After a week (plus) in "civilization," the girls and I continued our trek south toward the southernmost tip of the United States. On our way, we figured we'd make a few stops and see some more of the beautiful, unique spots our country has to offer. First stop, Dickinson State Park, east coast of Florida half a day's drive south of Orlando.
The park was a pleasant surprise. Though mapped directly adjacent to the highway (and with one of its campgrounds conveniently placed near highway for busy travelers), the park extends for 11,500 acres and includes waterways, woodlands and accessible parks with amenities including a swimming beach, 'gator culvert, canoe rentals, guided tours up the river (for groups of two adults or more - children don't count toward this number), boardwalks and picnic spots. We were originally slated to camp near the highway (through the reservation system - we hadn't picked our own spot), but when we talked to Ranger Robert Shuhr about the park, he gave me some other options, and recommended a site which was, indeed, much better for us. We were only about 150 feet from the Loxahatchee River, and even closer to a restroom with running water. Ranger Shuhr also assured us that swimming in the river's swimming beach was perfectly safe - no big current, no big drop offs, and 'gators only rarely.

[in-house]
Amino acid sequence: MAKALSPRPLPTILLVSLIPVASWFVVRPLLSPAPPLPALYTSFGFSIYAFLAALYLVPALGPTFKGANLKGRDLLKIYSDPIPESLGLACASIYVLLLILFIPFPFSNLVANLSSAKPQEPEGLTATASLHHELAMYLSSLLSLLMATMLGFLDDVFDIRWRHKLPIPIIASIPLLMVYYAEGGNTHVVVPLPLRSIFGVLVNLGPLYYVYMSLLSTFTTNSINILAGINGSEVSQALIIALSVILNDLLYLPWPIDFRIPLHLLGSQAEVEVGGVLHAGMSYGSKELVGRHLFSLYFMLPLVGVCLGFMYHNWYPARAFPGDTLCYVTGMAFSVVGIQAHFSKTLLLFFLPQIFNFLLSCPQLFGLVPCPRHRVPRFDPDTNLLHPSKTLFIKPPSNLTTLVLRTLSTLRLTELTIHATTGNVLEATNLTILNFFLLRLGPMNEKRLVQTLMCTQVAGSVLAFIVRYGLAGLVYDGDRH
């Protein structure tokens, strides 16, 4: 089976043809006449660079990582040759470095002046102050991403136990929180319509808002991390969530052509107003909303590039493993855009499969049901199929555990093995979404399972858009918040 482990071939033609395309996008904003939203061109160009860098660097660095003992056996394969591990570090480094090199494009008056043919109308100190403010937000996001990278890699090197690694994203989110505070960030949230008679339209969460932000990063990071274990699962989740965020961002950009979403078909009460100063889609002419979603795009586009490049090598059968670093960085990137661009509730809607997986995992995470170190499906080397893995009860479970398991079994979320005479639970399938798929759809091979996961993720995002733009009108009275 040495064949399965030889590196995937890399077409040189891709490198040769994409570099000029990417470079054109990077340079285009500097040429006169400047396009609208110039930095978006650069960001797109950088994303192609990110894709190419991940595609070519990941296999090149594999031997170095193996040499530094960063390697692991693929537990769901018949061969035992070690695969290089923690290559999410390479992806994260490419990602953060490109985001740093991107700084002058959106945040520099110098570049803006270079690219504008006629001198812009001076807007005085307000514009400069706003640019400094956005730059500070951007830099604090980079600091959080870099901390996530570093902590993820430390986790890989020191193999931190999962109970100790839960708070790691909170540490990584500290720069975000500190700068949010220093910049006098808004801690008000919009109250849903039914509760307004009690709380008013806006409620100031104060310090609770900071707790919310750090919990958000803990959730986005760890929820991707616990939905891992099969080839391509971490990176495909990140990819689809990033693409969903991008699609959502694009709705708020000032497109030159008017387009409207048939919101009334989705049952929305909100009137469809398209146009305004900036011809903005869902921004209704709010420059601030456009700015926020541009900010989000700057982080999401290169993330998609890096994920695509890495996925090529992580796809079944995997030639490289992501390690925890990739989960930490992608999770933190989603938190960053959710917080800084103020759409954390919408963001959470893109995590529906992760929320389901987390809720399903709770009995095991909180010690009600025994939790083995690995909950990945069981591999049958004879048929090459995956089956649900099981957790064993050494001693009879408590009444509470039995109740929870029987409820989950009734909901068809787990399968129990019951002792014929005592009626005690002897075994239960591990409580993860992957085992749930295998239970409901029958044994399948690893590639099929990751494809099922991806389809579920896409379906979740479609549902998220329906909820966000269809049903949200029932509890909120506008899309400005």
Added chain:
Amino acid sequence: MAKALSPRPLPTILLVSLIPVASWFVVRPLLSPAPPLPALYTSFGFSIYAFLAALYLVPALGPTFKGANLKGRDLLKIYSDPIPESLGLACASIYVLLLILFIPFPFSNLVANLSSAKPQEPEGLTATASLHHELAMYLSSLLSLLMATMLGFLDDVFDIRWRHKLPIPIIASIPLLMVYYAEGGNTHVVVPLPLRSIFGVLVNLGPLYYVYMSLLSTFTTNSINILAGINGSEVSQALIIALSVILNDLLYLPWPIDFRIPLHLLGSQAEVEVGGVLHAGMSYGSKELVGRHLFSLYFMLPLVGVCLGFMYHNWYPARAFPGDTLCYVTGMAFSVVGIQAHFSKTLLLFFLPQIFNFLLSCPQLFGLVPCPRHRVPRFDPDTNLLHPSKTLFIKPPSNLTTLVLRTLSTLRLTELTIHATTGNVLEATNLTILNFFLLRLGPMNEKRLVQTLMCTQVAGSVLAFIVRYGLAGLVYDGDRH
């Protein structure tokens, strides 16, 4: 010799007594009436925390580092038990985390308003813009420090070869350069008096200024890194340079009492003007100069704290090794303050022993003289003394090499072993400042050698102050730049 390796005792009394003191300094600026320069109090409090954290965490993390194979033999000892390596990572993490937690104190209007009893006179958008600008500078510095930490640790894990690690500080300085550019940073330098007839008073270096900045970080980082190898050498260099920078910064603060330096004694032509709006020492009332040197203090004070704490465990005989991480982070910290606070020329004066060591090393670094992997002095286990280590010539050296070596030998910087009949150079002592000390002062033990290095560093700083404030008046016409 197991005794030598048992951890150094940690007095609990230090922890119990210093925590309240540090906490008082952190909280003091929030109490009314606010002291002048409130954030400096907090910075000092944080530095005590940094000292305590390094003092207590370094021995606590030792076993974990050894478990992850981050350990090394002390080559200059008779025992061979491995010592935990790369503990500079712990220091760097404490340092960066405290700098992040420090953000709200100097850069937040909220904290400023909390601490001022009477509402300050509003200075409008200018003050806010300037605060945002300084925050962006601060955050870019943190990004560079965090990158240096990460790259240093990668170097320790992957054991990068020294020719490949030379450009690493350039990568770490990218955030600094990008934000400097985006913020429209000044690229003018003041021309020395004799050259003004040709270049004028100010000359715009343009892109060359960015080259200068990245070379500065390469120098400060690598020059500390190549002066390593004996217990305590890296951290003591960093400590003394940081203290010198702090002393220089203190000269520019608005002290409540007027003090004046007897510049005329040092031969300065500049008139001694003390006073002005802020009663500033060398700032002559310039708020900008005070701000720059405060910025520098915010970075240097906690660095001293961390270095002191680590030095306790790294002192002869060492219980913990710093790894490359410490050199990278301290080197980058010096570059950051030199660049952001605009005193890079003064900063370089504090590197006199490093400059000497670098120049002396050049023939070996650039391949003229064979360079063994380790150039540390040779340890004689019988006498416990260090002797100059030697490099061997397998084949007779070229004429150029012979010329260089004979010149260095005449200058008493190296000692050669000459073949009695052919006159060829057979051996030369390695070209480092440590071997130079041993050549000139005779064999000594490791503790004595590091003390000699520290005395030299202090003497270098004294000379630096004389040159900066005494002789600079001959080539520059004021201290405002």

While watching out for snakes (I never thought I'd be glad we have only one specie of snake to worry about in most of California) and spiders (big ones here), we followed the trail to the river where we spotted some boys our girls' ages playing in the river. I talked to their parents for awhile and learned the boys hadn't been sent out to swim with the 'gators as any sort of punishment. So, we donned our suits and joined the family in the refreshingly cool water as the gray skies grew darker and more forboding.
Just before sunset, we took the short walk back to camp for dinner away from the mosquitos (inside trailer) and a night of heavy rain. (More rain in Florida...go figure!)